He tried to describe it to us, explaining that it was interactive and allowed one to get a lot done with a little code. I was getting more curious about Forth.

Some time within the next year or so, Scott Ballantyne released a free Forth system for the Commodore 64 called Blazin' Forth. It made its way around to one of the local bulletin-board systems (BBS's), where I ended up finding it. I downloaded it and went through some of the examples. The documentation referred to the book Starting Forth by Leo Brodie as a tutorial as the compiler had been written to comply with the exercises in the book.

I decided that it was time to spend a little money. I went to a bookstore and bought Brodie's book. I went home to tinker.

I could not seem to put the book down once I started walking through the tutorials. The book itself was very interesting. Little cartoons to illustrate the various components of a running Forth system were included.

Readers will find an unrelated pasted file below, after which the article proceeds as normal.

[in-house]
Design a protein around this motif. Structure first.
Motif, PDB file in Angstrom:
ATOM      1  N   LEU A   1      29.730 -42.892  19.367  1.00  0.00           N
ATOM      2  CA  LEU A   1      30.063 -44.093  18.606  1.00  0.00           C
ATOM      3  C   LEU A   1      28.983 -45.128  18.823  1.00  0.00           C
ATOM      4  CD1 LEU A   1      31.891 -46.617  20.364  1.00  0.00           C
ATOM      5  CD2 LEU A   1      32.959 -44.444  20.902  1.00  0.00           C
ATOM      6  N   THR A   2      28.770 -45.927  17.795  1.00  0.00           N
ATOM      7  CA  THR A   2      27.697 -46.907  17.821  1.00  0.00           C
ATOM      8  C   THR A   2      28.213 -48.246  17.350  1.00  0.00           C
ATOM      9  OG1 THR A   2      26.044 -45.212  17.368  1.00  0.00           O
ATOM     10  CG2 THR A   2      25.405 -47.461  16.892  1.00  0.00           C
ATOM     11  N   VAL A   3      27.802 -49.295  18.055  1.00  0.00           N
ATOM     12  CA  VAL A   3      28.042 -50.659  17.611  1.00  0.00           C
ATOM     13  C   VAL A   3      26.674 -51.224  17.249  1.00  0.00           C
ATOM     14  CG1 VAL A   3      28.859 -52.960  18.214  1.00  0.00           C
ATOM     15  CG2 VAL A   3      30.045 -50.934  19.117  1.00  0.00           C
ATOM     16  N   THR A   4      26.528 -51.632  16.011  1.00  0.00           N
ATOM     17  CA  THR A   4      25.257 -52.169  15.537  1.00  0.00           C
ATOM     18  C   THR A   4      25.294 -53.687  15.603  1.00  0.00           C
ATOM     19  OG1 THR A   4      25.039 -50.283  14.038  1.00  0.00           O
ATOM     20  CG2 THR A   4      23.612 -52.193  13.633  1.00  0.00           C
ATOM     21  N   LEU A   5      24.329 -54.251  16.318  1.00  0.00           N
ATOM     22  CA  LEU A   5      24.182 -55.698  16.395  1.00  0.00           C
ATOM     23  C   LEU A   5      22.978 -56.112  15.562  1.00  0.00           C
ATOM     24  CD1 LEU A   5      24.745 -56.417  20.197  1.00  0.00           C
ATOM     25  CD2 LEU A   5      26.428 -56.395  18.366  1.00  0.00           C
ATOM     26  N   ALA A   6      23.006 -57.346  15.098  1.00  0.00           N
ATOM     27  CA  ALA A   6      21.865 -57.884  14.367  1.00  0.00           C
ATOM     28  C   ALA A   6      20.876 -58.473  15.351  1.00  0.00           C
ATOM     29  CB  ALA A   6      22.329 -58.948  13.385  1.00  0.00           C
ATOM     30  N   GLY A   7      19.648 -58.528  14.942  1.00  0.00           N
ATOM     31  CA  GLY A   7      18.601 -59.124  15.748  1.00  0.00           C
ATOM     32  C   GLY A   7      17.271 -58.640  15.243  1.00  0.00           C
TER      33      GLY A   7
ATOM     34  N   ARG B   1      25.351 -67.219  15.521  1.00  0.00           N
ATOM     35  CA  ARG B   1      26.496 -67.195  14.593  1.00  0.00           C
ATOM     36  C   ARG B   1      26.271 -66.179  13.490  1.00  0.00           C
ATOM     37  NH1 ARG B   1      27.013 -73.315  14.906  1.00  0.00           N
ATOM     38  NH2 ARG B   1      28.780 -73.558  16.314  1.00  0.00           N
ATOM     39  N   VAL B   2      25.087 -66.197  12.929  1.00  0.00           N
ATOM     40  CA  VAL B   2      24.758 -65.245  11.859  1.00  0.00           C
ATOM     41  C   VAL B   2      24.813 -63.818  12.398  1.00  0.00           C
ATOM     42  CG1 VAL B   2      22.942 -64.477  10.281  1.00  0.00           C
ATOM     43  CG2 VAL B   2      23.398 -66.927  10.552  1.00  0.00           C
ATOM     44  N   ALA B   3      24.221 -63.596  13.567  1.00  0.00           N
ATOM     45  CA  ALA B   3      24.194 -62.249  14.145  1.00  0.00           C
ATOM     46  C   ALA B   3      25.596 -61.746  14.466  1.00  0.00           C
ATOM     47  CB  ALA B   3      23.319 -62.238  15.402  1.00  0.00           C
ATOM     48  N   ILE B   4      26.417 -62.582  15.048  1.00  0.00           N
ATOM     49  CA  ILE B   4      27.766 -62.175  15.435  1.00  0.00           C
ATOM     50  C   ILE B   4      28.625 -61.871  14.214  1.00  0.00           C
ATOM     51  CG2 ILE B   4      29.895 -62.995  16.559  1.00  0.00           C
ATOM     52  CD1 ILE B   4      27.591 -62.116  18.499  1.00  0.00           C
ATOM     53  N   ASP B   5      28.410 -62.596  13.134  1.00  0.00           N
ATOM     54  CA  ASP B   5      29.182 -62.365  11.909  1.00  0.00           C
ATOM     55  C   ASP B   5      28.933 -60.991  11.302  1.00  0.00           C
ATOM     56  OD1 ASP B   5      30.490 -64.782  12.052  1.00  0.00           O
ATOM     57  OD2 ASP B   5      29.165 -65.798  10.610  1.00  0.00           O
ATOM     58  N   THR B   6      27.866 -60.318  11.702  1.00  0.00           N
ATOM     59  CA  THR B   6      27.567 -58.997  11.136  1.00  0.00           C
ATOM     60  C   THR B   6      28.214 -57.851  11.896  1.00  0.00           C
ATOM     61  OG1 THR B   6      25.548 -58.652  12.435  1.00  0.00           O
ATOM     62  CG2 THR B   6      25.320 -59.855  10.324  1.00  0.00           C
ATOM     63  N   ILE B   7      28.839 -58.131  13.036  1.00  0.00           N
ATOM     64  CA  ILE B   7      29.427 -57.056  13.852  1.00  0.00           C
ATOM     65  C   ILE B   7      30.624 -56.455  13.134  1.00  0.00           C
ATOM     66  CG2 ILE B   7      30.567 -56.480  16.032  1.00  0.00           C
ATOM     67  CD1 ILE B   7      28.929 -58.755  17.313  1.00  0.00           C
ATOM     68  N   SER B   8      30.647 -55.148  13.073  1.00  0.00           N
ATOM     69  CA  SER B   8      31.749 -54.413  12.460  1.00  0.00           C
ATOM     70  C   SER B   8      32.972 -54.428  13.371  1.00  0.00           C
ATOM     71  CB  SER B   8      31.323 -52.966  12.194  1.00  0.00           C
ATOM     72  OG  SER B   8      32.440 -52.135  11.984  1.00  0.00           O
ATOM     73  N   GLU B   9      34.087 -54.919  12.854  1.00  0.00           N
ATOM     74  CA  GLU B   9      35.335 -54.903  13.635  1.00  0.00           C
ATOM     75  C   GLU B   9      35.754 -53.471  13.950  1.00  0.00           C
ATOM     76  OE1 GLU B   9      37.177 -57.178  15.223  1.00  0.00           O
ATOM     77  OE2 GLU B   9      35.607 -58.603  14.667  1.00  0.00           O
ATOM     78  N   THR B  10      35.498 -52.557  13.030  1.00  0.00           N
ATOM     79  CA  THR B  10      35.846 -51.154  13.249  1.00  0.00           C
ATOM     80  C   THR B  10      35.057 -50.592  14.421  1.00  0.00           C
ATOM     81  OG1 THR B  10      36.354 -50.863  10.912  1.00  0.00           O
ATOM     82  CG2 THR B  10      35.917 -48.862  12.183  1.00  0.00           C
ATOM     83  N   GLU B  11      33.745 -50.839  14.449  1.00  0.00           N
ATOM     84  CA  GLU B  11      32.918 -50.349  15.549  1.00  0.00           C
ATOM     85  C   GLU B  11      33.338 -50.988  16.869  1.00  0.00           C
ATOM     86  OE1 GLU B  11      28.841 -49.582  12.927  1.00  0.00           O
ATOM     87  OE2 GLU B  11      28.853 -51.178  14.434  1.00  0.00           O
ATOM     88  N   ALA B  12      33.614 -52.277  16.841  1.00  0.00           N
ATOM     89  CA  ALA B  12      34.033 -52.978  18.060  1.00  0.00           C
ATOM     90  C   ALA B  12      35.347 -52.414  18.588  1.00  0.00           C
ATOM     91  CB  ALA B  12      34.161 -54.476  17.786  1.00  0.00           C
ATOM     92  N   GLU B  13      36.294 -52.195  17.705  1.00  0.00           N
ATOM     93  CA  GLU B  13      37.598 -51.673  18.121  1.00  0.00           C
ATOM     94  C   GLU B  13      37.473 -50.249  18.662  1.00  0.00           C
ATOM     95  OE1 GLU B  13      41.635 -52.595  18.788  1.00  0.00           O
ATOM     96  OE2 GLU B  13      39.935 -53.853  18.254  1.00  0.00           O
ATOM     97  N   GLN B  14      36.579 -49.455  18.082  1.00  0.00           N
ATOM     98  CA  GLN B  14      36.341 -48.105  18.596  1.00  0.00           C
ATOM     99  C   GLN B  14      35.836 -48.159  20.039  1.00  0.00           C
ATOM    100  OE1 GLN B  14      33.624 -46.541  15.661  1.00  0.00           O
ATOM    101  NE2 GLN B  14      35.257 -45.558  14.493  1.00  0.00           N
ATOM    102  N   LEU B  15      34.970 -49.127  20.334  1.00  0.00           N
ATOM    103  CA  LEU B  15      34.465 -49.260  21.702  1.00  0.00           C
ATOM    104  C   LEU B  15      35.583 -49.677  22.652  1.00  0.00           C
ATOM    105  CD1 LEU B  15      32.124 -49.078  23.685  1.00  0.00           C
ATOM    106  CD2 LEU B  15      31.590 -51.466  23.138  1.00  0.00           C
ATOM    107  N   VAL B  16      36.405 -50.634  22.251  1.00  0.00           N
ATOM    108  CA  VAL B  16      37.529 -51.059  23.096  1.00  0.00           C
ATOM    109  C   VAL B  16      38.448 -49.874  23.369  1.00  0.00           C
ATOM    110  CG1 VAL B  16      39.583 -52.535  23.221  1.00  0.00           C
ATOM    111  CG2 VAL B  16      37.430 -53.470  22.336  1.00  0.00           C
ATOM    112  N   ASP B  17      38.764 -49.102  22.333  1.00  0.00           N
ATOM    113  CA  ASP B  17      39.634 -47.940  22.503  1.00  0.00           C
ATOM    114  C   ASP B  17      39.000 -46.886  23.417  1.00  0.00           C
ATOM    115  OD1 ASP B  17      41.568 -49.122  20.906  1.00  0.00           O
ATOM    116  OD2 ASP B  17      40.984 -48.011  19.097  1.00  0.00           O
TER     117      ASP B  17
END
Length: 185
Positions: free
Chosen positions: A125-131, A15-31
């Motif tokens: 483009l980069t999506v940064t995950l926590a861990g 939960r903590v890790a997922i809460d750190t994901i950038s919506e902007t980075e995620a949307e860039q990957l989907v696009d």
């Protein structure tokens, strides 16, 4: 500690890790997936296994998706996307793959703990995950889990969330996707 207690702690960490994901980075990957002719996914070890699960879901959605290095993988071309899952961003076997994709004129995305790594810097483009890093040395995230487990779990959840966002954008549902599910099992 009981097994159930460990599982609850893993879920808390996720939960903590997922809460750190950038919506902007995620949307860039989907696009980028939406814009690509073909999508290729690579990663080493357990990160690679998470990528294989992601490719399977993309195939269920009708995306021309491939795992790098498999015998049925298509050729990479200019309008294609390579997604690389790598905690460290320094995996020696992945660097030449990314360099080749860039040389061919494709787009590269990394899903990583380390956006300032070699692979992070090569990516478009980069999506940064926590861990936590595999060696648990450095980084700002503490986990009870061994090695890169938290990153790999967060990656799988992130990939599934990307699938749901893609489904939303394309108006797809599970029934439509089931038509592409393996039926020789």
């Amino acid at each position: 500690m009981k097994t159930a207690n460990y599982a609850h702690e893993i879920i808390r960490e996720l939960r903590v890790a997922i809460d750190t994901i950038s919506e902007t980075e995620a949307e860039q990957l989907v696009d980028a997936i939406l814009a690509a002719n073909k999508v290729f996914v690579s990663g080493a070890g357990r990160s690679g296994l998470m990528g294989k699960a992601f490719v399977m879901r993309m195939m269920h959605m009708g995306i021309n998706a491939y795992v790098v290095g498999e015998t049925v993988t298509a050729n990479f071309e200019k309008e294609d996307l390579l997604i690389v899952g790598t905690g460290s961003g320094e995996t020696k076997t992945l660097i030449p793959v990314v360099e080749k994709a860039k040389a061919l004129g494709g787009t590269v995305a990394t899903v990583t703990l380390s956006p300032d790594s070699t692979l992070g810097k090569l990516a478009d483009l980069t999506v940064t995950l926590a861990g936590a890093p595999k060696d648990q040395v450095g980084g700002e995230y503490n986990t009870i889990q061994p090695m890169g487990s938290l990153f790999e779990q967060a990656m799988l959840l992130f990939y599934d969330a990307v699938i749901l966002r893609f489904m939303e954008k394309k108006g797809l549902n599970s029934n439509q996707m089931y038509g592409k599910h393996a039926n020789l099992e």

I learned about Reverse-Polish Notation (RPN) and stack-based arithmetic. I understood how an infix expression could be rewritten as an RPN expression and could be calculated more effectively. I thought of the C-64 BASIC interpreter which re-evaluated mathematical expressions each time it encountered them. Some of the C-64 p-code compilers noted that they rearranged all infix expressions into RPN, so there was nothing further to parse. Evaluation was done by pushing the terms and invoking the correct operators.

I managed to write a small terminal program with Blazin' Forth in less time than it had taken me with some other compilers. In fact, some of the other compilers' runtimes interfered somehow with the Non-Maskable Interrupt ( possibly to intercept the Run-Stop/Restore key combination ... I don't remember, exactly ) which interfered with the RS-232 routines.

I was aware that Blazin' Forth was itself its own Integrated Development Environment. That term (IDE) was not in use, yet. I understood how from a small Forth system, a larger system could then be built in Forth itself, including the IDE.

I took it on faith that Forth could be an operating-system of its own. To be honest, the computers that were within my financial grasp in those days didn't exactly have what one would now consider to be true operating-systems. They had I/O kernels and could launch BASIC and machine-code programs.